In February 1943 Greene was recalled to England following an unspectacular stint in Sierra Leone as SIS case officer, to serve in Section V, the counter intelligence branch of SIS, first at St Albans (interestingly enough, located at Harry Lane) and later in London (at Ryder Street). His immediate superior for more than a year was Kim Philby, by most accounts already considered a brilliant intelligence officer on his path to a higher calling within the SIS. It was in the Iberian sub-section of British Counter Intelligence that their acquaintance started and their friendship grew. Long hours at the office were interrupted by frequent lunches at favourite pubs and were often followed by drinks in the evening. By all accounts, Greene and Philby hit it off almost immediately. And why not? They came from similar backgrounds, thrived in the atmosphere of secrecy and subversion, and above all showed a particular zest for life — for intellectual banter, drinking and women. Even if, as Philby intimates in his memoirs (My Silent War, 1968) they could never allow themselves to become very close friends, within little more than a year they developed a mutual respect that would serve as the foundation for an unmitigated loyalty to each other that remained beyond Philby’s defection in 1961, up to his death in 1988.

There was, however, at least one puzzling incident in their professional partnership which may have clouded their friendship. This was Greene’s untimely resignation from SIS just prior to the allied invasion of Europe when Philby clearly wanted his friend to succeed him as head of the Iberian branch. Greene’s biographers Sherry, Mockler and Shelden are agreed that his surprise resignation only makes sense because Greene intuitively suspected, or with his outstandingly sharp eye for deception even already knew, that Philby was a Soviet informant and penetration agent. If indeed Philby did prove to be a Soviet double-agent it would be highly compromising to have become his protege in SIS. Mockler even suggests that Greene may have been passing secret information on to the Soviets (who actually ran him under the code-name LORAN) himself, and that he resigned from SIS when he did in order to avoid facing a conflict of loyalties after the war. His new job at the Political Warfare Executive (PWE) was to prove as dull as his pre-SIS position had been at the Ministry of Information (MOI).

In a newspaper article written in 1963 shortly after Philby’s spectacular defection, Greene wrote about his friendship with his former boss and jokingly referred to the fact that he had created the phrase `The Third Man’ long before anyone could have imagined that it would one day apply to his defector-friend and serve as the title to several Philby biographies. With his flight from Beirut to Moscow in January 1963 Philby was unmasked as the third Cambridge mole, after Guy Burgess and Donald MacLean who had already defected in 1951.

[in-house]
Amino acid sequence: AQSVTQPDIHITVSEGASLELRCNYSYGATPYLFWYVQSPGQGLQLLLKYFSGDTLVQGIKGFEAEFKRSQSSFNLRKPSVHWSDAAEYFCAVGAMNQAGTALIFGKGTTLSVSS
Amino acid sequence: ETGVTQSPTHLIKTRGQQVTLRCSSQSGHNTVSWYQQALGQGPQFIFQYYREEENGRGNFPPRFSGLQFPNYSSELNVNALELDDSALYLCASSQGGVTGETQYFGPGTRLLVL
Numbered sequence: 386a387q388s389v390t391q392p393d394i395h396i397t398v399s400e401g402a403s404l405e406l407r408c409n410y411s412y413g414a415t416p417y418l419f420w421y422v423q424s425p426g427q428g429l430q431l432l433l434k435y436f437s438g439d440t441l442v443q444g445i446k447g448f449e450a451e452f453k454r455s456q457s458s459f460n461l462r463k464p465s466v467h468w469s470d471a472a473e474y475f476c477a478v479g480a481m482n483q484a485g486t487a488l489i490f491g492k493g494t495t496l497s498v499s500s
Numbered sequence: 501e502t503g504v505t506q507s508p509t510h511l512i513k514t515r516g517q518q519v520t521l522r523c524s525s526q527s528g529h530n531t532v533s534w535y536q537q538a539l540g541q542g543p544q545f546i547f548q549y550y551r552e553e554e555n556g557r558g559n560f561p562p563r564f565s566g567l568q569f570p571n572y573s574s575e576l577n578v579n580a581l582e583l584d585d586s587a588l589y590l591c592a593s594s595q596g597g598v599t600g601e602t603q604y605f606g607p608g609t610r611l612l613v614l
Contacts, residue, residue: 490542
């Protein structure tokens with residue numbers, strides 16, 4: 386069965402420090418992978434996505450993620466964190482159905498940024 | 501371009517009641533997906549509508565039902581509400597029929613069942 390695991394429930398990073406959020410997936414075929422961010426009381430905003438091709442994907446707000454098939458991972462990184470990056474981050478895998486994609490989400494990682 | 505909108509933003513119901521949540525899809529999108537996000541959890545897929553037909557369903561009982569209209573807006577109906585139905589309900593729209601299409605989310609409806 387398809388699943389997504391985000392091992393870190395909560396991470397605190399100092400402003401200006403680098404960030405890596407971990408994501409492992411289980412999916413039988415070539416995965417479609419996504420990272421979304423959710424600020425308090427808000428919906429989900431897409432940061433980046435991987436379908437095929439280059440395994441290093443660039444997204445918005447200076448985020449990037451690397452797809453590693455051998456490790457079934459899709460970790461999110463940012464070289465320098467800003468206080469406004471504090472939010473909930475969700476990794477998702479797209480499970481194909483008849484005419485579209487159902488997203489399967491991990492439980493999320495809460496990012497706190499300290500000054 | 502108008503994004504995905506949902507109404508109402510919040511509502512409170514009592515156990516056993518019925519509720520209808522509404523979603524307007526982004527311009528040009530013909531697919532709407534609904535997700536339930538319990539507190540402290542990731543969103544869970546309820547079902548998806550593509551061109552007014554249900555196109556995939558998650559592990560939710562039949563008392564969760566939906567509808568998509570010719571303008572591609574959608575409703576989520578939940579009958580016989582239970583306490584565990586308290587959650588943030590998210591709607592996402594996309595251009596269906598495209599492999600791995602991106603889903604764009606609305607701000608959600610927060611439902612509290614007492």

The fourth and possibly most mysterious figure of intelligence that can be linked to the making of The Third Man is a little-known Austrian Communist by the name of Peter Smolka. Smolka was one of just a very few people whose acquaintance with Philby dated back to 1934, to his Communist agitation and rescue work in Vienna during the Austrian civil war. Smolka and his wife emigrated to England in 1934 and for a short time even went into a partnership with Philby in London, running a Central European news agency, the London Continental News Ltd. In 1939 Smolka became a naturalised British citizen, changing his name to Smollett, and soon after managed to secure appointment as head of the Soviet section in the Ministry of Information (where no doubt he made the acquaintance of Graham Greene who was also employed there in 1940-41.) Smolka/Smollett has for several years now been unmistakably identified as a fully-fledged agent of the NKVD (where he was codenamed ABO), well-known and collaborative with at least three, possibly even four, of the infamous group of Soviet moles in the British government, known as the Magnificent Cambridge Five. According to recent scholarship Philby recounted in 1980 that `on my own initiative, I decided to recruit an agent, a Harry Smolka … [who] was 100 per cent Marxist, although inactive, lazy and a little cowardly’. Of the few people who after the defections of the first two Cambridge moles could have testified to Philby’s Communist entanglements in Vienna in 1934, Smolka was by far the most worrisome to Philby, and they both knew it. Others were Teddy Kollek, later the long-term mayor of Jerusalem, and Eric Gedye, a British journalist for the London and New York Times in the 1930s and connected to SIS in Turkey during the Second World War.